At least that’s what the headline to this piece should have been.
If I had a penny for every meta-study that attempts to draw conclusions on other studies regarding barefoot running and the difference between shod and barefoot humans I’d have £57.23. But seriously when are we going to see an end to these pointless meta-studies?
It’s hard enough to run a real study on the benefits/pitfalls of walking/running without shoes. So a study that has to pick and choose from other studies to try and cobble together unrelated aspects that tried to prove/disprove some specific aspect of this subject is shear madness. Almost all studies I’ve read (and I’ve read a lot) fail before they start. The transition time to adapt your body to a completely different running gait is long and I’ve yet to see a long term study that takes this into account. What usually happens is they take a bunch of either habitually shod or unshod runners and make half of them run in the opposite manner. Then after about two weeks they draw their conclusions. This is completely flawed science and an absolute failure to understand the adaptations needed.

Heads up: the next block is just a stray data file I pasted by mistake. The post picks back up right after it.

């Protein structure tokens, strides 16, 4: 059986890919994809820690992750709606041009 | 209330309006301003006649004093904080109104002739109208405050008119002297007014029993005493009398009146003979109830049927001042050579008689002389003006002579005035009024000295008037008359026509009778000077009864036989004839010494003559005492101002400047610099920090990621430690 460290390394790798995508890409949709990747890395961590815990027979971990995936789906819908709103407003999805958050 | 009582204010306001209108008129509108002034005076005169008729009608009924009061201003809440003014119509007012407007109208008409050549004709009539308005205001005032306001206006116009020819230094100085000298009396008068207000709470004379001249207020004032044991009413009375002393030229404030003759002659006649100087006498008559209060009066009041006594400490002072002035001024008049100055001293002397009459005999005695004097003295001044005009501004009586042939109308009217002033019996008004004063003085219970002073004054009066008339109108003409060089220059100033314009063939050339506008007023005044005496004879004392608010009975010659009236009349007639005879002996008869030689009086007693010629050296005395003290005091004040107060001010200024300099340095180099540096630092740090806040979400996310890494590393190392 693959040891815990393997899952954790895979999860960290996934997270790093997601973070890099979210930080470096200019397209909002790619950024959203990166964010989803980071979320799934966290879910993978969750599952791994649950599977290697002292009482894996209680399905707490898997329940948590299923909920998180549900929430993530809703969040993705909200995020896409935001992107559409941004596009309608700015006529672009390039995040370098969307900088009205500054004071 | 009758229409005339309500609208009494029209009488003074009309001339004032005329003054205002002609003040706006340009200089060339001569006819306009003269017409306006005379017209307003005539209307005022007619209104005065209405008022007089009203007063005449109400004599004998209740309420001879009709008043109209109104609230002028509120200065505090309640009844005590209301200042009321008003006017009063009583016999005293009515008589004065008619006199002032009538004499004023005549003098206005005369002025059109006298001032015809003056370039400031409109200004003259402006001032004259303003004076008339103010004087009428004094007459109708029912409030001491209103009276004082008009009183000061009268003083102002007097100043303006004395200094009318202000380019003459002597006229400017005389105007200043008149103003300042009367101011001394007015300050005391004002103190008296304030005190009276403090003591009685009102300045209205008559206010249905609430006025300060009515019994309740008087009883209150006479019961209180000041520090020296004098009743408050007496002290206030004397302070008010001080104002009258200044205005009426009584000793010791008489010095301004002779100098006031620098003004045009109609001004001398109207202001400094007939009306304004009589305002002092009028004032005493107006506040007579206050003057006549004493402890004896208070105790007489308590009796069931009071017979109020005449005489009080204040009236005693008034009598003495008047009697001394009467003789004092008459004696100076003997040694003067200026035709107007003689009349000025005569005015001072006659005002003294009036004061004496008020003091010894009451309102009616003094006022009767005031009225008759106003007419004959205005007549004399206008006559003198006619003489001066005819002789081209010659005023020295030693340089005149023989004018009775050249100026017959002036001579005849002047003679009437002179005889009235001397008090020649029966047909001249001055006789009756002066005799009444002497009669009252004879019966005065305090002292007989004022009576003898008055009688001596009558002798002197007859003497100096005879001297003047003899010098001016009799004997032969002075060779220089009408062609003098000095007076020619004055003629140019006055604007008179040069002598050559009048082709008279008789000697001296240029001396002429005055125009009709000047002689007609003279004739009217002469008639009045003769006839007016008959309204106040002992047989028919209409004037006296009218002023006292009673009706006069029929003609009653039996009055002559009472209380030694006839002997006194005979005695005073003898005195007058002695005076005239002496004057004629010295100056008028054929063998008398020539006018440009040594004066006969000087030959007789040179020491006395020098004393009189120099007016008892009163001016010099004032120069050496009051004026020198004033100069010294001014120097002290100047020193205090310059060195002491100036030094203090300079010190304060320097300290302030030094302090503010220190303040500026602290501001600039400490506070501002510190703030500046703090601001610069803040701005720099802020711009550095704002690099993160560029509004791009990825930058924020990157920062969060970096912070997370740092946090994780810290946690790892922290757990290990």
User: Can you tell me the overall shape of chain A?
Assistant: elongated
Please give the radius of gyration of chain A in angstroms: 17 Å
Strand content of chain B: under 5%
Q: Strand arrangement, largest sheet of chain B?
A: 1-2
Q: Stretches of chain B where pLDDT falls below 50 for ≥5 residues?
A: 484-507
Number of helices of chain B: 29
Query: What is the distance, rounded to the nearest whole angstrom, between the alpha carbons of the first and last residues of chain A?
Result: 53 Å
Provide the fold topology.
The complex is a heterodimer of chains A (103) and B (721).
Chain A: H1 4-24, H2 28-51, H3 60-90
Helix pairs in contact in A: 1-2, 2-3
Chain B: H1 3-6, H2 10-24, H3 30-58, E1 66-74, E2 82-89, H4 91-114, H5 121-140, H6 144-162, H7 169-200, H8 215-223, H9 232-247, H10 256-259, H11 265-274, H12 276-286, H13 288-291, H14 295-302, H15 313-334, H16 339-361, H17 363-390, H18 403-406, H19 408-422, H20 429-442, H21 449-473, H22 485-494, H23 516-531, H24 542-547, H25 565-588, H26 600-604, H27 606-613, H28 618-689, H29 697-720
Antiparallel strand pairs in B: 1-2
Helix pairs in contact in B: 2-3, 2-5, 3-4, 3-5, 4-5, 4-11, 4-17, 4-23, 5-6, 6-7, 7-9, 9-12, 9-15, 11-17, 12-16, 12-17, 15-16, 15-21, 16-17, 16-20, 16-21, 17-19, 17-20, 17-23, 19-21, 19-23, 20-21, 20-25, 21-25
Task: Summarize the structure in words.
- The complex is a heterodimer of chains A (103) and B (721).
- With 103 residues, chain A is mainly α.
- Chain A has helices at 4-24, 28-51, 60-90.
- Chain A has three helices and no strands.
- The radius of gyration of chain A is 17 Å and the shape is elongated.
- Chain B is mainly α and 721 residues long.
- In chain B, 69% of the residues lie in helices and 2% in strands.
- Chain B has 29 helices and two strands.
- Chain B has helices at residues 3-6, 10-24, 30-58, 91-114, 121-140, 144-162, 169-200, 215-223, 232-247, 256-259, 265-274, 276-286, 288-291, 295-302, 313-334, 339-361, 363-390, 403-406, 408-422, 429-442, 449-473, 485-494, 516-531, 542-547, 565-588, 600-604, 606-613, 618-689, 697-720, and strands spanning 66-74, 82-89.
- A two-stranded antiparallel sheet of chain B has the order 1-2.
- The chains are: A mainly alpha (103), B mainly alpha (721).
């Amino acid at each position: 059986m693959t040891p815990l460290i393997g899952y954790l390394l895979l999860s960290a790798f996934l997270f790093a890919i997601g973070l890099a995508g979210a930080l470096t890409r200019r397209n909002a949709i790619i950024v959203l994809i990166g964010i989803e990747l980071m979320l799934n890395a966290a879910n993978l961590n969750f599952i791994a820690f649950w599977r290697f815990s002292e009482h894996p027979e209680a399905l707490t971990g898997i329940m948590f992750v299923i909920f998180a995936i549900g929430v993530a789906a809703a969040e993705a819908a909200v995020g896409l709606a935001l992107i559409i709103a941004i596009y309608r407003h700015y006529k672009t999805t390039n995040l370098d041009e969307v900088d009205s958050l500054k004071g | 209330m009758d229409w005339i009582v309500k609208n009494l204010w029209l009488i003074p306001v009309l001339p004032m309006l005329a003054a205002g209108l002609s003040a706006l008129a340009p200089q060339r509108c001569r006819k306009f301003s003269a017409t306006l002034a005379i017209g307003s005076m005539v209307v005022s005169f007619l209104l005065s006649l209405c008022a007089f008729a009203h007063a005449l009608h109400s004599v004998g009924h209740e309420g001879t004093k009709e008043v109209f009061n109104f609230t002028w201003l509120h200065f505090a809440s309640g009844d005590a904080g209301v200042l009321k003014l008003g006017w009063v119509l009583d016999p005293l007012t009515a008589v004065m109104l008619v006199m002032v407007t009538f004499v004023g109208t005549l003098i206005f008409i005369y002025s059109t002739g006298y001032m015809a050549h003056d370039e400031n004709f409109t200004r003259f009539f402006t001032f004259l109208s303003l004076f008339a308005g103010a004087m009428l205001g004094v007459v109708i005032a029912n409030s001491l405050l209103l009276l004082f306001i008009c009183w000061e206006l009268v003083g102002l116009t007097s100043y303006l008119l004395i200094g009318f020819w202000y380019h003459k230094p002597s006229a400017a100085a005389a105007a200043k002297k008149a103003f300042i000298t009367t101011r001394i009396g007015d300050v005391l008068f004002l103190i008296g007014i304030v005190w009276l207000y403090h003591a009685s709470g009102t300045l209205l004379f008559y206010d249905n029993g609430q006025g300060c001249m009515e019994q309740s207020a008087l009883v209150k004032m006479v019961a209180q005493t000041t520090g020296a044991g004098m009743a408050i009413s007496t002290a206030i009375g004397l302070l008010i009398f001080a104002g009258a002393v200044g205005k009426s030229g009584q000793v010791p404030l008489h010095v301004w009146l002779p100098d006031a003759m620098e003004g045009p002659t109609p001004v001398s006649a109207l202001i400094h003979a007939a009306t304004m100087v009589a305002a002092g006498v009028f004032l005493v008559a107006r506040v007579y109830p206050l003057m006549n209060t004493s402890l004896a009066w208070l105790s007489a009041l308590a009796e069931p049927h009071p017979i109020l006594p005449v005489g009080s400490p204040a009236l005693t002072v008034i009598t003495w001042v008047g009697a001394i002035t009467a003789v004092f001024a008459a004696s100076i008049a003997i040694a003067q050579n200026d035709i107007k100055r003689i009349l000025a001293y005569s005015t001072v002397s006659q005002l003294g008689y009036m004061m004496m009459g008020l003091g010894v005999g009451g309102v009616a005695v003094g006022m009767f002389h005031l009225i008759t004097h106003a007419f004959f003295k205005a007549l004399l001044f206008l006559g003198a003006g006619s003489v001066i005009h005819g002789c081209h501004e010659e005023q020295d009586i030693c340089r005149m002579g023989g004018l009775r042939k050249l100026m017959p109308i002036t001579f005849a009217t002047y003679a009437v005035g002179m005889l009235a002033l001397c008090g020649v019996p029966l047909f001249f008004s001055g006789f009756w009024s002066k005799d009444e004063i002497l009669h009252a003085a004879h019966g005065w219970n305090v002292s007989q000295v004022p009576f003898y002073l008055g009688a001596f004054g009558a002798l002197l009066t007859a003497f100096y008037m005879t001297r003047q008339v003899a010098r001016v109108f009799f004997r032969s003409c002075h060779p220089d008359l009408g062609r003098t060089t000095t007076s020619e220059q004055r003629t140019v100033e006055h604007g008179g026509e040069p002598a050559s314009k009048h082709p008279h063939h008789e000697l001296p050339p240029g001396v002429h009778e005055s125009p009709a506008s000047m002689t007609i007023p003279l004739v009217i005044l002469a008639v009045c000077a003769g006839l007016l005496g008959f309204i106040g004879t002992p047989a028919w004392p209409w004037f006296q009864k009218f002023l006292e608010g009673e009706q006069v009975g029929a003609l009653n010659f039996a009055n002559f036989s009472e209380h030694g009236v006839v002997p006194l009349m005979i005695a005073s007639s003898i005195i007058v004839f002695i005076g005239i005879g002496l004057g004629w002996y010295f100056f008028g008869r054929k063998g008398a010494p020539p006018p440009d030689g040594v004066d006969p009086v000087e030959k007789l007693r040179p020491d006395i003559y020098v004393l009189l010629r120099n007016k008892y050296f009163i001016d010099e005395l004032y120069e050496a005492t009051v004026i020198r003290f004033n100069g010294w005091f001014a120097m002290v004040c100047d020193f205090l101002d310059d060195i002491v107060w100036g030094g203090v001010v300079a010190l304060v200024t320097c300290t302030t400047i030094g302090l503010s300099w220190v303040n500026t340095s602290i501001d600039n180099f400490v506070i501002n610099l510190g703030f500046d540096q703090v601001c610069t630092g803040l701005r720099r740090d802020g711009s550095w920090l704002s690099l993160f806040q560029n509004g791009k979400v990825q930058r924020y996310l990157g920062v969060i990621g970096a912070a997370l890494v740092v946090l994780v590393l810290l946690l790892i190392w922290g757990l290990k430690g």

Actual studies worth their weight in gold focus only on a specific aspect of running and even then they are cautious in drawing any conclusions, usually with a heavily caveated summary. Of course these are then picked up by the press with attention click-bate grabbing headlines that distort the conclusions or lack of conclusions the study pointed to. Most readers will not seek out the full text of the study and simply blindly believe the press article was accurate in summarising the research – they never do. Selling newspapers, or clicks or screen views trumps accurate reporting. Money talks; science walks.